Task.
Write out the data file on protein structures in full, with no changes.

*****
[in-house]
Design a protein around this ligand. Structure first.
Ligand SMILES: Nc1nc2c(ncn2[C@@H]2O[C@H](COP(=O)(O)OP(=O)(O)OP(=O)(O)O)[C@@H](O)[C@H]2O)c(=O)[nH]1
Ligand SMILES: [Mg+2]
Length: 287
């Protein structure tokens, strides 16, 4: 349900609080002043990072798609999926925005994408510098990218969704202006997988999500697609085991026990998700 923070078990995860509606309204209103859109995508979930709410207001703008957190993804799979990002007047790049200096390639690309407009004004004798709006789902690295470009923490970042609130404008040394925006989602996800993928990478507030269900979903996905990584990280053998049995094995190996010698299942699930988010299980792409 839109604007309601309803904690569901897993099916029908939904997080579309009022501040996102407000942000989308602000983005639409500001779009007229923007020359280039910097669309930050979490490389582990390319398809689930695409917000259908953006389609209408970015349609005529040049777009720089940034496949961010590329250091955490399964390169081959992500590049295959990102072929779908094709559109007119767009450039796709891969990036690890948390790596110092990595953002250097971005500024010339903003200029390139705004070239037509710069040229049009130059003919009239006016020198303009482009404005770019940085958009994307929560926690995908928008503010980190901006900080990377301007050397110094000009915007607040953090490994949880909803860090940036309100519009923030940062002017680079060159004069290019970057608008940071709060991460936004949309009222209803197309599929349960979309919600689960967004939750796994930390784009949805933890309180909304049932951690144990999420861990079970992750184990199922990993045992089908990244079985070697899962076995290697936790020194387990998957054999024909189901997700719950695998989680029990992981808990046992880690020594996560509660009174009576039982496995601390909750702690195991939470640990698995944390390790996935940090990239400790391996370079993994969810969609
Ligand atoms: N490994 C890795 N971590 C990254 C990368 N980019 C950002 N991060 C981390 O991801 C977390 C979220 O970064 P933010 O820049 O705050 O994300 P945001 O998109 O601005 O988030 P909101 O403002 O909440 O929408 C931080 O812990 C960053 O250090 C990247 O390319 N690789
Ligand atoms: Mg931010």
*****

[in-house]
Design a protein around this ligand. Structure first.
Ligand SMILES: Nc1nc2c(ncn2[C@@H]2O[C@H](COP(=O)(O)OP(=O)(O)OP(=O)(O)O)[C@@H](O)[C@H]2O)c(=O)[nH]1
Ligand SMILES: [Mg+2]
Length: 287
């Protein structure tokens, strides 16, 4: 349900609080002043990072798609999926925005994408510098990218969704202006997988999500697609085991026990998700 923070078990995860509606309204209103859109995508979930709410207001703008957190993804799979990002007047790049200096390639690309407009004004004798709006789902690295470009923490970042609130404008040394925006989602996800993928990478507030269900979903996905990584990280053998049995094995190996010698299942699930988010299980792409 839109604007309601309803904690569901897993099916029908939904997080579309009022501040996102407000942000989308602000983005639409500001779009007229923007020359280039910097669309930050979490490389582990390319398809689930695409917000259908953006389609209408970015349609005529040049777009720089940034496949961010590329250091955490399964390169081959992500590049295959990102072929779908094709559109007119767009450039796709891969990036690890948390790596110092990595953002250097971005500024010339903003200029390139705004070239037509710069040229049009130059003919009239006016020198303009482009404005770019940085958009994307929560926690995908928008503010980190901006900080990377301007050397110094000009915007607040953090490994949880909803860090940036309100519009923030940062002017680079060159004069290019970057608008940071709060991460936004949309009222209803197309599929349960979309919600689960967004939750796994930390784009949805933890309180909304049932951690144990999420861990079970992750184990199922990993045992089908990244079985070697899962076995290697936790020194387990998957054999024909189901997700719950695998989680029990992981808990046992880690020594996560509660009174009576039982496995601390909750702690195991939470640990698995944390390790996935940090990239400790391996370079993994969810969609
Ligand atoms: N490994 C890795 N971590 C990254 C990368 N980019 C950002 N991060 C981390 O991801 C977390 C979220 O970064 P933010 O820049 O705050 O994300 P945001 O998109 O601005 O988030 P909101 O403002 O909440 O929408 C931080 O812990 C960053 O250090 C990247 O390319 N690789
Ligand atoms: Mg931010």